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Catalog Data

Wood, fiberboard, paint
Outer: 26 1/2 × 39 1/2 × 12 in. (67.3 × 100.3 × 30.5 cm)
Inner: 5 1/2 × 3 in. (14 × 7.6 cm)
Planters (Ferneries)
Plant stands
ca. 1900
Victorian (1837-1901)
Box plant stand in the Rustic Style and painted brown. This long rectangular planter has a fiberboard liner and sticks that are cut in half vertically nailed to the exterior in the Rustic twig style. The flower box is supported by four legs and one center support all of which are connected by stretchers. Rustic style was immensely popular in the Victorian era, and the height of its popularity occurred between 1840 and 1890. Rustic objects share a common aesthetic of being artfully assembled with materials harvested directly from nature to create a variety of furnishings and decorative objects for the home and garden. Rustic furnishings and accessories were thought to be especially suited to the garden, as they blended in with the natural landscapes. Rustic materials and motifs include tree branches, twigs, roots, burls, bark, pinecones, acorns, seashells, animal horns, and antlers. Rustic designs were often constructed from found objects or were cast or carved to appear like these articles. Rustic objects were usually irregular and asymmetrical to mimic the forms that would occur in nature. Rustic designs could be made following instructions in contemporary publications, but the popularity of the style led to the mass production of Rustic style pieces.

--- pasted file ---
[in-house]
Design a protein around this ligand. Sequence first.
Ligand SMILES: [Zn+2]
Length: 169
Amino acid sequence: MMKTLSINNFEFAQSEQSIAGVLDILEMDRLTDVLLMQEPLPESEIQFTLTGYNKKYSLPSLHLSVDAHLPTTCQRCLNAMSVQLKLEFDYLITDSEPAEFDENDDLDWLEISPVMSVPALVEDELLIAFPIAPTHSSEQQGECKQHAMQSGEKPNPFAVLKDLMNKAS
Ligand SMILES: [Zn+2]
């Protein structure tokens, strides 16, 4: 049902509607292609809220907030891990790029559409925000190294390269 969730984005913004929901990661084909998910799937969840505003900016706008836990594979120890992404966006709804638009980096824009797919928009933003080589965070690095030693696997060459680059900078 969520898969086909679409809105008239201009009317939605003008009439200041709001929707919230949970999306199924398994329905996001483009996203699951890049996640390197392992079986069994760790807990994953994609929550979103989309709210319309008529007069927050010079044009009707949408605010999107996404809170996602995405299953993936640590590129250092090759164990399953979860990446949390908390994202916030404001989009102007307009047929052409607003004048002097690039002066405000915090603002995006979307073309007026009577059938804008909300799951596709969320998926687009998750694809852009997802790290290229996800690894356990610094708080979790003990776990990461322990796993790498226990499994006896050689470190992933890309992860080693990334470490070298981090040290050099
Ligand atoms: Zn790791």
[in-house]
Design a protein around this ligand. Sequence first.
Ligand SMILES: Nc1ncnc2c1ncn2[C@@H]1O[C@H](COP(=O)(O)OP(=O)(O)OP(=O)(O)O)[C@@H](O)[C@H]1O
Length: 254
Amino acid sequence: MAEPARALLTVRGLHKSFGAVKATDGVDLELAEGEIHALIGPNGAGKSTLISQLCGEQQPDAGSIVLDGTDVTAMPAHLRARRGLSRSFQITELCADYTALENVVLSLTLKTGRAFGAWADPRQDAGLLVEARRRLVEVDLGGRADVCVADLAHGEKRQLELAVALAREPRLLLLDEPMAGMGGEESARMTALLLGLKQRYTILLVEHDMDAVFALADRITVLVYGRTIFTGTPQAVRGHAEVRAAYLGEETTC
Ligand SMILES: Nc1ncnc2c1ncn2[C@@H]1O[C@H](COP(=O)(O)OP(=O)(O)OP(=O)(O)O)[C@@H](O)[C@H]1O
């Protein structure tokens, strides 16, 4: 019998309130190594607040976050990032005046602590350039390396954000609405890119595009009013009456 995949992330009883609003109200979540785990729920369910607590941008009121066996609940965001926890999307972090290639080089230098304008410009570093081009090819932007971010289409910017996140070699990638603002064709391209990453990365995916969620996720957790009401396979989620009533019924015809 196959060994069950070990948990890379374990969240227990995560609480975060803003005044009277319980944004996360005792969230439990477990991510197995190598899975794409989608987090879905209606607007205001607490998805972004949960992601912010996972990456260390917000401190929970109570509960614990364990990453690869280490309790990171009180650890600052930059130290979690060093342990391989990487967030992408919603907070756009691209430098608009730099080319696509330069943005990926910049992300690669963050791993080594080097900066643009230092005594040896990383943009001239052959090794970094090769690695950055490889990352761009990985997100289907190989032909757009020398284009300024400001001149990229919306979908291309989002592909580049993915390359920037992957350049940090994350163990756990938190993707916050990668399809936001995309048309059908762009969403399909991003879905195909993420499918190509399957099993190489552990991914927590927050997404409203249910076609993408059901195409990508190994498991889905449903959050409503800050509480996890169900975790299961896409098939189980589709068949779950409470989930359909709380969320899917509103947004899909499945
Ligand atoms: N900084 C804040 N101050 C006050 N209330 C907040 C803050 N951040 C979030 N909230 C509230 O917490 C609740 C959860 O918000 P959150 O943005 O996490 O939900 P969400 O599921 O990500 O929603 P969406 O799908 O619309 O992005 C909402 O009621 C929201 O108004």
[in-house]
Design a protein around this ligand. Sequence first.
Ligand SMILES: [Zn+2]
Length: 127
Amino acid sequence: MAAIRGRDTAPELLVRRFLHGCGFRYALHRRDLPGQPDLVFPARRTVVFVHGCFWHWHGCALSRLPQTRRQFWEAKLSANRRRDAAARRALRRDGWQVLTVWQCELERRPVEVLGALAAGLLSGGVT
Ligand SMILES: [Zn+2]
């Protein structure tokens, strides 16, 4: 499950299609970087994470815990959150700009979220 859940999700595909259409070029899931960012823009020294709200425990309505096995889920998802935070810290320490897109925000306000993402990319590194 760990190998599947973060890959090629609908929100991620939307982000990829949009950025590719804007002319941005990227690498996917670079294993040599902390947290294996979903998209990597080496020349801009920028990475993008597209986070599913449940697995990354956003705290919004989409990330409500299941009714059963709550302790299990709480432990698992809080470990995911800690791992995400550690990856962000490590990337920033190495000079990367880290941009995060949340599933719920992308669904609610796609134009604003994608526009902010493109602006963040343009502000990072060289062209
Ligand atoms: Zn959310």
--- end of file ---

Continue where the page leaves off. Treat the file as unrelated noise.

Label Text:
Since ancient Egyptian times, containers for plants, flowers, herbs, and edible plants have evolved according to the needs, fashions, and technology of the time. Through the centuries, these vessels have influenced the horticultural and aesthetic role of plants, and allowed for their cultivation, transportation, and display. The Industrial Revolution in the 1800s brought mechanization and mass production techniques that allowed a variety of eclectic plant containers to be produced cheaply and efficiently. Cast-iron, china, terra cotta, and wooden plant containers were readily available in variety of styles and sizes. These containers were placed both indoors and in the garden. With a long historical tradition of designs and styles of containers to draw on in the nineteenth century, Victorians grew their plants in a diverse collection of containers depending on the family’s income and taste.
Planters and plant stands, also called jardinières, were used for growing and displaying live plants, flowers, herbs, or edible plants. They came in a wide range of dimensions and materials and could be highly decorative or plain and unpretentious. Plants stands were often placed on porches and verandahs, where they provided transition between house and garden. These stands were also found throughout the home, bringing nature indoors and adding color and scents to the room. Depending on their size, design, and placement planters acted as simple accessories or principal features. These qualities appealed to the moderate budget of the middle class, who wanted to ornament their gardens but could not afford large, heavy sculptures of marble and lead. Often times, undecorated, utilitarian pots of plants or flowers were placed inside the jardinière and hidden under a carpet of moss, which also provided moisture to the plant and protected the roots from being scorched in bright lights.
jardinières (plant stands)  Search this
plant stands  Search this
planters (containers)  Search this
stands (support furniture)  Search this
Garden ornaments and furniture  Search this
gardening  Search this
Rustic  Search this
Credit Line:
Smithsonian Gardens, Horticultural Artifacts Collection.
Accession number:
Restrictions & Rights:
Usage conditions apply
See more items in:
Horticultural Artifacts Collection
Data Source:
Smithsonian Gardens